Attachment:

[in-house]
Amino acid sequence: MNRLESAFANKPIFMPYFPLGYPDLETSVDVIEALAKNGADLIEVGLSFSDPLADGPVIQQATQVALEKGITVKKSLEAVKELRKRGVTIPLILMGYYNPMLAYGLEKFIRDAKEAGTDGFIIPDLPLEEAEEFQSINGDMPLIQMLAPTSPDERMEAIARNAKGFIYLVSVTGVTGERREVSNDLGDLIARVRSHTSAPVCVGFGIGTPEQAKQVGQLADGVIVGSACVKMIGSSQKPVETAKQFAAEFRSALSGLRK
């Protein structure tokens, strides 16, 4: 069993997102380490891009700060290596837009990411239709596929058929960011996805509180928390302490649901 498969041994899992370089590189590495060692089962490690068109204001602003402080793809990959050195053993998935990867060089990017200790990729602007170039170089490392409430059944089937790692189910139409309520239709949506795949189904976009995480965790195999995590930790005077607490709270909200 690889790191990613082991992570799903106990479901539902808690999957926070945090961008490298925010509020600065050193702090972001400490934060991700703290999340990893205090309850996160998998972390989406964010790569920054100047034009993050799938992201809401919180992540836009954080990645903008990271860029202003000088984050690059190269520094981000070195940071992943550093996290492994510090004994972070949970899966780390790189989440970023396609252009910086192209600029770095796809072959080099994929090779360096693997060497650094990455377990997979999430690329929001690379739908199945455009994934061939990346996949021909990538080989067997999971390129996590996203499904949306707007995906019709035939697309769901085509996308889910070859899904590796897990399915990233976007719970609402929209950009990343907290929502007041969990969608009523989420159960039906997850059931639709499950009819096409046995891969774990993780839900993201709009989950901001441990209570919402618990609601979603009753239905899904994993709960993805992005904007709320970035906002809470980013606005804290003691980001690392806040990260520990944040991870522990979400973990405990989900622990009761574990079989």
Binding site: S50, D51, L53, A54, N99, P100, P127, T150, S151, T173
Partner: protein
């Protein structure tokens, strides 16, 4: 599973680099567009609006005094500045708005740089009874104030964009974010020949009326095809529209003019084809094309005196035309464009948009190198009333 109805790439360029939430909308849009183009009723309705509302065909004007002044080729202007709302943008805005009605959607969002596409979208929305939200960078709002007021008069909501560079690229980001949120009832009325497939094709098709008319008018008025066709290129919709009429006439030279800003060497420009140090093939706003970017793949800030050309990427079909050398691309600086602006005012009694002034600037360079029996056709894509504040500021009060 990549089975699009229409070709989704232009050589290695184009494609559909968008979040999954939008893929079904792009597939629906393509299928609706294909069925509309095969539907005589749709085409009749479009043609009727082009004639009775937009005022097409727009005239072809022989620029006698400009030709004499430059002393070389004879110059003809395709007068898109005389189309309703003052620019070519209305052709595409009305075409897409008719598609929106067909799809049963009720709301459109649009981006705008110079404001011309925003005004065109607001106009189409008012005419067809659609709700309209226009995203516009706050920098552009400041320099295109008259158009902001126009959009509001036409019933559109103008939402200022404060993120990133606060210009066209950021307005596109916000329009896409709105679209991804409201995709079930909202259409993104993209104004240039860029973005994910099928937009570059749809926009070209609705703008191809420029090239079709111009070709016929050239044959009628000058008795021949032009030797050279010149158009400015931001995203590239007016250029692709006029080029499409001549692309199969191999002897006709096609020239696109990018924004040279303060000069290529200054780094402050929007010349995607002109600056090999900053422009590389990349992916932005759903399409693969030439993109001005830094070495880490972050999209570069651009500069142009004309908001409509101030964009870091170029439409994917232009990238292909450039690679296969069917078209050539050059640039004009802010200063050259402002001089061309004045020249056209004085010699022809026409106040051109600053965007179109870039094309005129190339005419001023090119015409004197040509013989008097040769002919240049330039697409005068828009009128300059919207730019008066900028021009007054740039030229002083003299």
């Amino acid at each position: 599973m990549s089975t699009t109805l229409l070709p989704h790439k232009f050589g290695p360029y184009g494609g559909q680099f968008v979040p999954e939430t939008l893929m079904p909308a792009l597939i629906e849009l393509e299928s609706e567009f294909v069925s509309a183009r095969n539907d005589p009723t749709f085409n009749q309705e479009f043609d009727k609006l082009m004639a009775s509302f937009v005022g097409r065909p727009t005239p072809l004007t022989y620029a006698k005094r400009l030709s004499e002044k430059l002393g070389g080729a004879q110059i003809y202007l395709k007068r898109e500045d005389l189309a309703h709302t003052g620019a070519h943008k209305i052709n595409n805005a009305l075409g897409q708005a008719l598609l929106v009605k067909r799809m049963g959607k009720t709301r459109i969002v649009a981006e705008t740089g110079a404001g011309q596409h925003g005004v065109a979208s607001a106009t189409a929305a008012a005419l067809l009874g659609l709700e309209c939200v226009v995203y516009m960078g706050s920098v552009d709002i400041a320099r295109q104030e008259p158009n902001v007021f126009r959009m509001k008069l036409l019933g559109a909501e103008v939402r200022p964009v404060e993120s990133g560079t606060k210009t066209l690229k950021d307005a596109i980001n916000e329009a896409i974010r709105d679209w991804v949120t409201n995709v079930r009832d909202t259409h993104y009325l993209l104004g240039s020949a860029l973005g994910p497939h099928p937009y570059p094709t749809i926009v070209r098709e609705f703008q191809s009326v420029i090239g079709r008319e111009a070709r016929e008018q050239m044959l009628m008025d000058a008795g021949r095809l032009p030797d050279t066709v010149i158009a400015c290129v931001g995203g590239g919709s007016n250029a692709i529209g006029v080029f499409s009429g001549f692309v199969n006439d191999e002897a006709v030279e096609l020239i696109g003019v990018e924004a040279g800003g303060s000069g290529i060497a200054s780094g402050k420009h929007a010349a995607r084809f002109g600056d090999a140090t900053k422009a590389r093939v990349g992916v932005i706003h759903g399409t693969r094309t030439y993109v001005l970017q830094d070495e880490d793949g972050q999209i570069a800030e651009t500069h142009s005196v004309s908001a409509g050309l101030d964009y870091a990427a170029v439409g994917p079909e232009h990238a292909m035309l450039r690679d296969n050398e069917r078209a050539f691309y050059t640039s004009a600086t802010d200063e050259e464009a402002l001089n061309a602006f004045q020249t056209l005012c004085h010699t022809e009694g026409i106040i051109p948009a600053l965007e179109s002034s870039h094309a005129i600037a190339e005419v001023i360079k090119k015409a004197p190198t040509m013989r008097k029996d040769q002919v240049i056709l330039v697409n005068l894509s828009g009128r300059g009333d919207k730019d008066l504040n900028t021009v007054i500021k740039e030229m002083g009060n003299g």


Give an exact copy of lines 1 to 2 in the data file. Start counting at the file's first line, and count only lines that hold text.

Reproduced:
[in-house]
Amino acid sequence: MNRLESAFANKPIFMPYFPLGYPDLETSVDVIEALAKNGADLIEVGLSFSDPLADGPVIQQATQVALEKGITVKKSLEAVKELRKRGVTIPLILMGYYNPMLAYGLEKFIRDAKEAGTDGFIIPDLPLEEAEEFQSINGDMPLIQMLAPTSPDERMEAIARNAKGFIYLVSVTGVTGERREVSNDLGDLIARVRSHTSAPVCVGFGIGTPEQAKQVGQLADGVIVGSACVKMIGSSQKPVETAKQFAAEFRSALSGLRK